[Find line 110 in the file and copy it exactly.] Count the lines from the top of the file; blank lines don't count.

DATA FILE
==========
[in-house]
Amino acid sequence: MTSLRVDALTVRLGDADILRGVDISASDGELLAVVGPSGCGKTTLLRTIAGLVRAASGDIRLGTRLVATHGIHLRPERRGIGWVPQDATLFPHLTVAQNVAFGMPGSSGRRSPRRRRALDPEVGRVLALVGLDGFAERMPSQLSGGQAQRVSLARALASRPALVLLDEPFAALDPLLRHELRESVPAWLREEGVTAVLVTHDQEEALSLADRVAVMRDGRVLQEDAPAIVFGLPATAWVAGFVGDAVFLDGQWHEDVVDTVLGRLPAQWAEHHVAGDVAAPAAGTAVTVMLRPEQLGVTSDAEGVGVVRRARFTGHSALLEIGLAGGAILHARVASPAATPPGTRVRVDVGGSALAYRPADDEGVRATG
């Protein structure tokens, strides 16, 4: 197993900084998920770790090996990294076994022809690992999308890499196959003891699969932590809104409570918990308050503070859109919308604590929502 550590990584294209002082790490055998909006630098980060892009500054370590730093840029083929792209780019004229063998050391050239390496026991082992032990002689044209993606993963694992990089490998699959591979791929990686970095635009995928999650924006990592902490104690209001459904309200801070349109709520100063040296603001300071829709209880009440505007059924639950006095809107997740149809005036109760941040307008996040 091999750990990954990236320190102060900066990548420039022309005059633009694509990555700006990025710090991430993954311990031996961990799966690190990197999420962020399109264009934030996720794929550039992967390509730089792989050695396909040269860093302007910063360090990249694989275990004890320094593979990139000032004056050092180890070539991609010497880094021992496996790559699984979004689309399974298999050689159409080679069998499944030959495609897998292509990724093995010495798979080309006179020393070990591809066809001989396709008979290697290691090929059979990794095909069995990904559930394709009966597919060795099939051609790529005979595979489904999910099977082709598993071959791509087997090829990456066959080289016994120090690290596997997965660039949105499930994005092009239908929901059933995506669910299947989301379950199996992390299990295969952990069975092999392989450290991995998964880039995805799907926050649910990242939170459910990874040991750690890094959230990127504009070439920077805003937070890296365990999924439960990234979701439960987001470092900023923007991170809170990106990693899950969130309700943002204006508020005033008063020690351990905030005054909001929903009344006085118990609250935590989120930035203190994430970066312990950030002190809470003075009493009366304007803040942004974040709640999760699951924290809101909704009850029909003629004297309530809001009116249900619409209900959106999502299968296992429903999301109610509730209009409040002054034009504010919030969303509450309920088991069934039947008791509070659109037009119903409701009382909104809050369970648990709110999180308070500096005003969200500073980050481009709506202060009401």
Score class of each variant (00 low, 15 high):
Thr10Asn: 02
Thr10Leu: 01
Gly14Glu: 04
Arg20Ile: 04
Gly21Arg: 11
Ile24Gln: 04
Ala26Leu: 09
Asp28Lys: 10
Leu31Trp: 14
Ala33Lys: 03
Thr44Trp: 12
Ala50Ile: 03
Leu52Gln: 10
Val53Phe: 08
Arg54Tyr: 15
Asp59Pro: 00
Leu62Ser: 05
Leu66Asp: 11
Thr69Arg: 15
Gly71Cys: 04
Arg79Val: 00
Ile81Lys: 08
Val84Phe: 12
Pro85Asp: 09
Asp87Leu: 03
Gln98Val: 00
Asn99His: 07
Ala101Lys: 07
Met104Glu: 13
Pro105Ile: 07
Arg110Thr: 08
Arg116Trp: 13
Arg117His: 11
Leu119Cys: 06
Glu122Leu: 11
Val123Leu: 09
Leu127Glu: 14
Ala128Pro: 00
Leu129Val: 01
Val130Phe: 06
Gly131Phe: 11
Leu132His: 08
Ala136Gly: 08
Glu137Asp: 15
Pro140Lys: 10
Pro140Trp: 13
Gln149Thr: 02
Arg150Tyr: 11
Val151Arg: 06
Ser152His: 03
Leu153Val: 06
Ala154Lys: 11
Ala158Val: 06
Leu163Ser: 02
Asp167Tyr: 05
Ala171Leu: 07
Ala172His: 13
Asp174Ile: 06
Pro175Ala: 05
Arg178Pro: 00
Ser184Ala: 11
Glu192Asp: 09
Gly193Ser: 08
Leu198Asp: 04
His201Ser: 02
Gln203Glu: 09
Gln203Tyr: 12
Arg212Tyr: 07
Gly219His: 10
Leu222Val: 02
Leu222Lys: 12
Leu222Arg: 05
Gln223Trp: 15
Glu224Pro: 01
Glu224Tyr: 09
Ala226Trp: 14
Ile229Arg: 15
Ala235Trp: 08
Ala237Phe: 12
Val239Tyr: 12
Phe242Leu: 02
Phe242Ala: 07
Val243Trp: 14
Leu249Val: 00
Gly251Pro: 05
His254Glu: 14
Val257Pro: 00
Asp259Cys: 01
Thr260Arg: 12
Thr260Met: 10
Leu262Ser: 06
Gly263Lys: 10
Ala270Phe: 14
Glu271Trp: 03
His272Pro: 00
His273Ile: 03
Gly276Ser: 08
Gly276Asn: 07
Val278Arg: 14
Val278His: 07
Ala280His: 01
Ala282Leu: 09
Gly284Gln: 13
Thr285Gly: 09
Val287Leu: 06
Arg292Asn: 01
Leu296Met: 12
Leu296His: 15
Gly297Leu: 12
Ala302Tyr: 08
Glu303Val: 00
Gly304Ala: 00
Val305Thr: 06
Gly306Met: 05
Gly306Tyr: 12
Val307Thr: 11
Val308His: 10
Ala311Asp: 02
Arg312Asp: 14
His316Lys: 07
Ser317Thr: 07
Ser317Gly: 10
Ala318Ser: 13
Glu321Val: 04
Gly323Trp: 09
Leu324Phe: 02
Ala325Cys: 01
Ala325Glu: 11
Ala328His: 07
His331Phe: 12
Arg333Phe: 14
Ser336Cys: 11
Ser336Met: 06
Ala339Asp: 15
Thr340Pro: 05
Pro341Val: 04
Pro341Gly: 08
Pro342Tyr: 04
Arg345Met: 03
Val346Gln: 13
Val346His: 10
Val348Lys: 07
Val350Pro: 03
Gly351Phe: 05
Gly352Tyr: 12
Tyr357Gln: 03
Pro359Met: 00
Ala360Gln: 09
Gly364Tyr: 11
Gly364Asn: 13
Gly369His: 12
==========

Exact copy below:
Arg292Asn: 01